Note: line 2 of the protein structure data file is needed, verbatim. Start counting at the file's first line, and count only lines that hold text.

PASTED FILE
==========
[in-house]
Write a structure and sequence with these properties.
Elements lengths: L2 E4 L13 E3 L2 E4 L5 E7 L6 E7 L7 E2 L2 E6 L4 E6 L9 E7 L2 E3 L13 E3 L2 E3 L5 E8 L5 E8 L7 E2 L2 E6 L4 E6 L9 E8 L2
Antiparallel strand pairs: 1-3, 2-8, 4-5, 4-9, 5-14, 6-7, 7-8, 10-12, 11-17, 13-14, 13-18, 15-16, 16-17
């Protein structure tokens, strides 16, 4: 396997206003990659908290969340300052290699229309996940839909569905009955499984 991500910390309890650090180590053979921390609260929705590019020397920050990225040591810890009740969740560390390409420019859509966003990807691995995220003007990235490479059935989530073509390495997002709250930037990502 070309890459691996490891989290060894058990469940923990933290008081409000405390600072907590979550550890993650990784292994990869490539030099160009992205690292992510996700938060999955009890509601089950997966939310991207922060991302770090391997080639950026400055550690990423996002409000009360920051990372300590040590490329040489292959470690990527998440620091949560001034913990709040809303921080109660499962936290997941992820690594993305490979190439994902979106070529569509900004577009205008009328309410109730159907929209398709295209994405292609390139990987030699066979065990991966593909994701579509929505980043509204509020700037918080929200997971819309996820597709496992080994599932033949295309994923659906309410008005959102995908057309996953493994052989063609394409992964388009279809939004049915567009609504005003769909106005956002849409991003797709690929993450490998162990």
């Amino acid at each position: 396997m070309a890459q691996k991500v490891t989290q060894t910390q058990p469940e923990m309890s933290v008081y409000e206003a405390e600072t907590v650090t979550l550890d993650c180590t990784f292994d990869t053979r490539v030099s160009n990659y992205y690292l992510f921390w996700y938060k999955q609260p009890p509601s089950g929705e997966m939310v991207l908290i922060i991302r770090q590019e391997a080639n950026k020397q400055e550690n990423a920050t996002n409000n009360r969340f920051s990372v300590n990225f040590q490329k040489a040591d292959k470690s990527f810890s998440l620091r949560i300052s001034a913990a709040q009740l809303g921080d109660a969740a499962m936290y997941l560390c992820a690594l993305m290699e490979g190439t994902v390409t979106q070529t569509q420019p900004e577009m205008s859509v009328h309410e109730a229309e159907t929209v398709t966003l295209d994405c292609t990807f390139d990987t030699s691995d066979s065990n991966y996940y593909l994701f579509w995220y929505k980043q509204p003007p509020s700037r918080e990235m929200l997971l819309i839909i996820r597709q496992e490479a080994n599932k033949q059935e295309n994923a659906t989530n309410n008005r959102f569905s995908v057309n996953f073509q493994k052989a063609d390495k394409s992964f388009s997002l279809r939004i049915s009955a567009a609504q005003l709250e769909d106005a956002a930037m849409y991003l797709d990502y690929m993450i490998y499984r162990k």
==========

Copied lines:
Write a structure and sequence with these properties.